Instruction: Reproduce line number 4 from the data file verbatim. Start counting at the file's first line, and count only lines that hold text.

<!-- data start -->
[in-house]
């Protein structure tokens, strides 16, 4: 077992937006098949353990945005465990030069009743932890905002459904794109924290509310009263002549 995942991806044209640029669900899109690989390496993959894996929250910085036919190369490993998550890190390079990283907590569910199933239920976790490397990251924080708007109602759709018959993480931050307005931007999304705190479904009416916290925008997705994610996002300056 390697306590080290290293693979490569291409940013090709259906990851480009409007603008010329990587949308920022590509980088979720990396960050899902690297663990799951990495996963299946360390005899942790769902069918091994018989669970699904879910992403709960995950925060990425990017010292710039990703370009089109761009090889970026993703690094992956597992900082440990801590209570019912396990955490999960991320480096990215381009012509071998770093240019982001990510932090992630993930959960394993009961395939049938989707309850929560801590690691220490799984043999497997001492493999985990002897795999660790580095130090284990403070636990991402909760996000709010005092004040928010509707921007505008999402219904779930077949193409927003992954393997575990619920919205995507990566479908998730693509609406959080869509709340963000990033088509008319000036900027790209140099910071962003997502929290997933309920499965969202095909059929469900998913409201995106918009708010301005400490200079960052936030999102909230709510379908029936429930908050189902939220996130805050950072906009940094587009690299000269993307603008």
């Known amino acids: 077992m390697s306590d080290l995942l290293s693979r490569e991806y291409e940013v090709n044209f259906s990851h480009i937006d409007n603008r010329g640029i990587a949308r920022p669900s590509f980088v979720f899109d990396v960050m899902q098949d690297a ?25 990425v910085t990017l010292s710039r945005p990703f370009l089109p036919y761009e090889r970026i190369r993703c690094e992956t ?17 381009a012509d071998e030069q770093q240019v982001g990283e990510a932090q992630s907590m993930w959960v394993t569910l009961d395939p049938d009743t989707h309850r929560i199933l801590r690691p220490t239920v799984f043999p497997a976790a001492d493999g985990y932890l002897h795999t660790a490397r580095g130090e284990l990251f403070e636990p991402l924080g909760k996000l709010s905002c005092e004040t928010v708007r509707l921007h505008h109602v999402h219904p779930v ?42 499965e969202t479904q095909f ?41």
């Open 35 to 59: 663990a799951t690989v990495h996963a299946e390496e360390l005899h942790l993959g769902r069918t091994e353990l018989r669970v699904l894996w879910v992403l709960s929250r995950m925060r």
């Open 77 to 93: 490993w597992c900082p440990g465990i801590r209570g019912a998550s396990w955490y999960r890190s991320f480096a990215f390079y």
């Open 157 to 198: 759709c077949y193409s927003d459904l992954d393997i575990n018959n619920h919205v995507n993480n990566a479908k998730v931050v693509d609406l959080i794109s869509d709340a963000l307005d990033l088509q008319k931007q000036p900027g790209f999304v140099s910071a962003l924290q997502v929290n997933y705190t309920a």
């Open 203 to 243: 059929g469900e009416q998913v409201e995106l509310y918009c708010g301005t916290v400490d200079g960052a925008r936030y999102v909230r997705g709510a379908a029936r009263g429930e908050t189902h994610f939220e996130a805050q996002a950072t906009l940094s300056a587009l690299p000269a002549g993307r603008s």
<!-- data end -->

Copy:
């Open 35 to 59: 663990a799951t690989v990495h996963a299946e390496e360390l005899h942790l993959g769902r069918t091994e353990l018989r669970v699904l894996w879910v992403l709960s929250r995950m925060r």